Kaveh Mahjoob, lastkick.com
In the mid. and late 1970â€™s, Hassan Nazari was Iranâ€™s right defensive back. Nazari began his playing days in his hometown club of Sepah of Abadaan. Nazari was the Capitan of Iranâ€™s youth team and at the age of 19 was invited to the national team. He made his mark in Iranâ€™s football by being a part of the 1976 Asian Cup championship team and played in Iranâ€™s first world cup in 1978. 1976 was the last time Iran won the Asian Cup.
Nazari played his club games at Esteghlal (formerly known as Taj) and ended his playing career in UAE and Qatar. These days, Nazari manages his own soccer club and academy in Dallas, Texas. Dallas Texans Soccer Club trains and educates children and teenagers from 7 to 19 years old.
Subsequent to Iranâ€™s elimination of the 2007 Asian Cup, I had an opportunity to speak to Hassan Nazari. He is direct, caring about Iran and Iranâ€™s football.
Kaveh â€“ Did you get a chance to watch any of Iranâ€™s matches during the 2007 Asian Cup?
Nazari â€“ Yes I saw a few of the games.
Kaveh â€“ How did you find the quality of Iranâ€™s play?
Nazari â€“ The team did not play well. Iran played conservatively and frankly at times boring. It felt like teamâ€™s tactic was â€œnot to loseâ€ first and then â€œtry to win.â€
Kaveh â€“ How different was this team from the one that played in the 2006 World Cup?
Nazari â€“ When I was watching Iranâ€™s 2006 team or this yearâ€™s, I thought about how this team compares to our 1978 World Cup team. Look around the world in Europe, Latin America, Asia, Africa and even the U.S. Football has advanced significantly in these twenty nine years. The speed of the game has changed drastically. Science is now a big part of the game. While most of the worldâ€™s football has advanced, it is hard to see how much better football has gotten in these twenty nine years and how Iranâ€™s football HAS NOT. That was a real surprise for me.
Offensively, back then (1978), we had a great creative player in Hassan Roshan. Right behind him we had the amazing Ali Parvin. I didnâ€™t see such players in last year or this yearâ€™s teams. Having said that, I think Iran played a more organized football in 2006 compared to this yearâ€™s Asian Cup version. With all these great players that Iran has, one wonders why as a team they play so poorly.
Kaveh â€“ We had 8 or 9 foreign based players in each game. Why do you think they were so out of synch and played poorly?
Nazari â€“ You canâ€™t judge the performance of these players in isolation. In Europe, they have great players playing next to them. Those players make our players perform better on the field. Then look at the culture of the game that is played in Europe vs. in Iran. These players fly home after a full season of playing in clubs where professional culture rules and the science of coaching trains. Then in Tehran they have to change all mentalities and culture and adjust themselves in days. We bring Ali Karimi from Bundesliga and in a few days we want him to first adjust how he trains and plays and then put him in a new position. I feel for these players.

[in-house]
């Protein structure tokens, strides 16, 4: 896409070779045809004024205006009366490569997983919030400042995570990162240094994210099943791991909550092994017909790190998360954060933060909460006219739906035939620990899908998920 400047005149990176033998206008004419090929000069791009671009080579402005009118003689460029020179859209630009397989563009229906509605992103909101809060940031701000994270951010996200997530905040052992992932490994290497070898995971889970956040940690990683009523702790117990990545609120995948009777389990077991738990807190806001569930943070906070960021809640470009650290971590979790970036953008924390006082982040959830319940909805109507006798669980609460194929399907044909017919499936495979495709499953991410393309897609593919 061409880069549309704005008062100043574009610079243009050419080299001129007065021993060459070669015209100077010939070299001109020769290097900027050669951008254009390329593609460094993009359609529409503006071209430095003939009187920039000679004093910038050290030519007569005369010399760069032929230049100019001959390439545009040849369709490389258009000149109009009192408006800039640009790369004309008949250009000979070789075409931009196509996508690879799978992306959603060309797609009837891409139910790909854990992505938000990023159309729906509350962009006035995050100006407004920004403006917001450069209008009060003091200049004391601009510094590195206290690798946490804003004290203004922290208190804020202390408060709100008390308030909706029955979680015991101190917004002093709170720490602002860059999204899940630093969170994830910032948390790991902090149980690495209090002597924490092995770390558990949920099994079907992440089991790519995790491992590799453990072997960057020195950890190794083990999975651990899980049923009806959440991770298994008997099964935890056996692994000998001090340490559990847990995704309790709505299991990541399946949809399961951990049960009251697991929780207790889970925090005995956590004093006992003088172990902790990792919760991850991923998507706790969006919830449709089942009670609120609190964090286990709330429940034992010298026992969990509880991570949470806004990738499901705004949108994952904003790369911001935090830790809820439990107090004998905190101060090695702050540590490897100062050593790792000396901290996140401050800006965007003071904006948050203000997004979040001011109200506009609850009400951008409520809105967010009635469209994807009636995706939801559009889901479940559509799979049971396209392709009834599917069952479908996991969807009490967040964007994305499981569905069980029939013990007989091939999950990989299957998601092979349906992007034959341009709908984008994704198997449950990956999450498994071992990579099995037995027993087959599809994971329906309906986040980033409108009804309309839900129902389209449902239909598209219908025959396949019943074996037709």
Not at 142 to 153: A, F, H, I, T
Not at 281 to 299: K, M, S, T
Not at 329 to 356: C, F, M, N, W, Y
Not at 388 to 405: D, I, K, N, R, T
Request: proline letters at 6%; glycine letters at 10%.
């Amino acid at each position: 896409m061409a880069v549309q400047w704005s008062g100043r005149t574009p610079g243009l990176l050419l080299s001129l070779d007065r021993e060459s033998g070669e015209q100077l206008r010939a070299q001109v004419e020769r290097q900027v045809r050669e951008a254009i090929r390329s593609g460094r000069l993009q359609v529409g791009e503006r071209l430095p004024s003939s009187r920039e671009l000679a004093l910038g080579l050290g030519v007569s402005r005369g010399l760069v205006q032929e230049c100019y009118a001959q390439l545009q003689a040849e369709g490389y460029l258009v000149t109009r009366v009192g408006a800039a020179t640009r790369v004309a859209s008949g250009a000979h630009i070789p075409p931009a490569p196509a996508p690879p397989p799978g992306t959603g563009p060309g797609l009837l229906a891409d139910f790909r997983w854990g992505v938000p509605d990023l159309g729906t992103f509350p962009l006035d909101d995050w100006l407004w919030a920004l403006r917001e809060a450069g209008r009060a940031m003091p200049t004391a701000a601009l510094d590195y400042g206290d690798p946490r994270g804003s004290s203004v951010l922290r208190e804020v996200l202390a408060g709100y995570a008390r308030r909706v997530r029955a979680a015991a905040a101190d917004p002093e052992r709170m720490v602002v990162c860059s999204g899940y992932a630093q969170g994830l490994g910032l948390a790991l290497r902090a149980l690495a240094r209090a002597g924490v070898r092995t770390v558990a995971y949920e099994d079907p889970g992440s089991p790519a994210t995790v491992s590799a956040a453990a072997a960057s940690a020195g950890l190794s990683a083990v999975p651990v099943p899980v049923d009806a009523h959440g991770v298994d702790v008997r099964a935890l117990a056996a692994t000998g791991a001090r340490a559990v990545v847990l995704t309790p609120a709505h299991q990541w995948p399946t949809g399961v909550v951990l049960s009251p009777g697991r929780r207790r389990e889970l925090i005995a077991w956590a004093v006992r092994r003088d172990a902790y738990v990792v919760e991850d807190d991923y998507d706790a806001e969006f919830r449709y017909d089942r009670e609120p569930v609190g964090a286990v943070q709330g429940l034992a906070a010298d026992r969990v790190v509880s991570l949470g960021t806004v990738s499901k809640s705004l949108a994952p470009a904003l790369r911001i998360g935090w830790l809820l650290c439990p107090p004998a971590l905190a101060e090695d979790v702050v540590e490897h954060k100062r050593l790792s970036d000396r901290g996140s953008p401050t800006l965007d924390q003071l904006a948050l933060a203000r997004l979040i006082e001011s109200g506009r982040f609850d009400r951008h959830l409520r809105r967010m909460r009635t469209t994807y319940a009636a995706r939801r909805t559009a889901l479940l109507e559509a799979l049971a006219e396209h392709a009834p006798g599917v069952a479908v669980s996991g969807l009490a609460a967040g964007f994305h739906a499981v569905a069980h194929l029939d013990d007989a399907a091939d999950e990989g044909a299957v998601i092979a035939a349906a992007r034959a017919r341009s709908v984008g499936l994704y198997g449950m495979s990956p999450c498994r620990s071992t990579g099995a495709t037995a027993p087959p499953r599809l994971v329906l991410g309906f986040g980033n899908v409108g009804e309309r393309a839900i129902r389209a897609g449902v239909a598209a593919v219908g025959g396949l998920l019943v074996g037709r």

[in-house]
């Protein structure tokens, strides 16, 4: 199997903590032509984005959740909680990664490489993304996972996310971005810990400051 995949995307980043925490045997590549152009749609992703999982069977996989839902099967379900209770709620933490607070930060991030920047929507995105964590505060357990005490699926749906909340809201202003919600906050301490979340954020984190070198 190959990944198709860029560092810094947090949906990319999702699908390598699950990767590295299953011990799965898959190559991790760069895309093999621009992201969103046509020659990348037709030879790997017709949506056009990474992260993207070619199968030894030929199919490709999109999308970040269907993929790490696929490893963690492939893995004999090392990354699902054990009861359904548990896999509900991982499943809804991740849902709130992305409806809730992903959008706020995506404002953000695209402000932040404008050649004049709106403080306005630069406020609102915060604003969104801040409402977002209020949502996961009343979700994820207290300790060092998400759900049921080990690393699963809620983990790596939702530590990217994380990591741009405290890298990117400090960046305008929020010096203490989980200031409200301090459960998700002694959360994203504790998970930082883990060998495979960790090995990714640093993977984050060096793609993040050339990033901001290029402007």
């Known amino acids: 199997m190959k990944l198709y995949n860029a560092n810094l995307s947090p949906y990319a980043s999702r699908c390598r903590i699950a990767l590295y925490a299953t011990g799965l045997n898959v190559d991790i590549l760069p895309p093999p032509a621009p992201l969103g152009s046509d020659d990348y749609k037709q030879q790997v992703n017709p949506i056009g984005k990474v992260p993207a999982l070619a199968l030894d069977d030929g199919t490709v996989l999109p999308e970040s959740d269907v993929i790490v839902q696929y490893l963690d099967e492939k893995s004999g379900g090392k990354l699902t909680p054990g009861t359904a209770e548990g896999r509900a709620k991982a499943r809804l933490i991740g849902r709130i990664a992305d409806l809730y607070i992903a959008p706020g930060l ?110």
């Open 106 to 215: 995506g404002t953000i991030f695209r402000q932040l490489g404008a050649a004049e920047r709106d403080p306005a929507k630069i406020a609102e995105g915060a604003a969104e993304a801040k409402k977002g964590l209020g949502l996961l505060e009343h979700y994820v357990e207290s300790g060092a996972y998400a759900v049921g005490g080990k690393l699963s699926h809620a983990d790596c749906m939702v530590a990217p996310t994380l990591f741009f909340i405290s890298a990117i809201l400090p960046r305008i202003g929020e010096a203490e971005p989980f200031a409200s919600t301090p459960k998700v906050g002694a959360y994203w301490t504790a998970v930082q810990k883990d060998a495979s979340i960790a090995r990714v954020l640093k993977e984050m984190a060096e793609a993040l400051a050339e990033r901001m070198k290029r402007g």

Kaveh â€“ We are not the only ones in such situations. Japanese, Koreans and even Chinese players nowadays are in the same situation. What is the solution?
Nazari â€“ If our national team is based on Iranâ€™s league and Iranian based players, then appointing a head coach with such experience makes sense. If we plan to bring stars whom play for big clubs and big coaches in Europe and put a team together that has a large number of such players, then we have to use a foreign reputable coach who has the right experience and background to work with this team.
We bring players from Series A, Bundesliga and EPL and then place a coach who has only experienced Iranâ€™s league and then we expect results. This does not work. We need to have a head coach who has the matching education and science with the players who spend months playing for such coaches. These are technical issues.
You donâ€™t see Brazil bring coaches from Europe because Brazilian style of play is very different than Europeanâ€™s. The culture of the game is very important in football.
Kaveh â€“ Well most of the Brazilian national team is also based on their European based players.
Nazari â€“ Well here there is a different approach by countries like Brazil. They play many more friendly matches than we do; however, to help their players with travel time and changes of time zone, most of these friendly matches are played in Europe. As a result, the Brazilian stars get to play next to each other as a team a lot more than us. They become a team.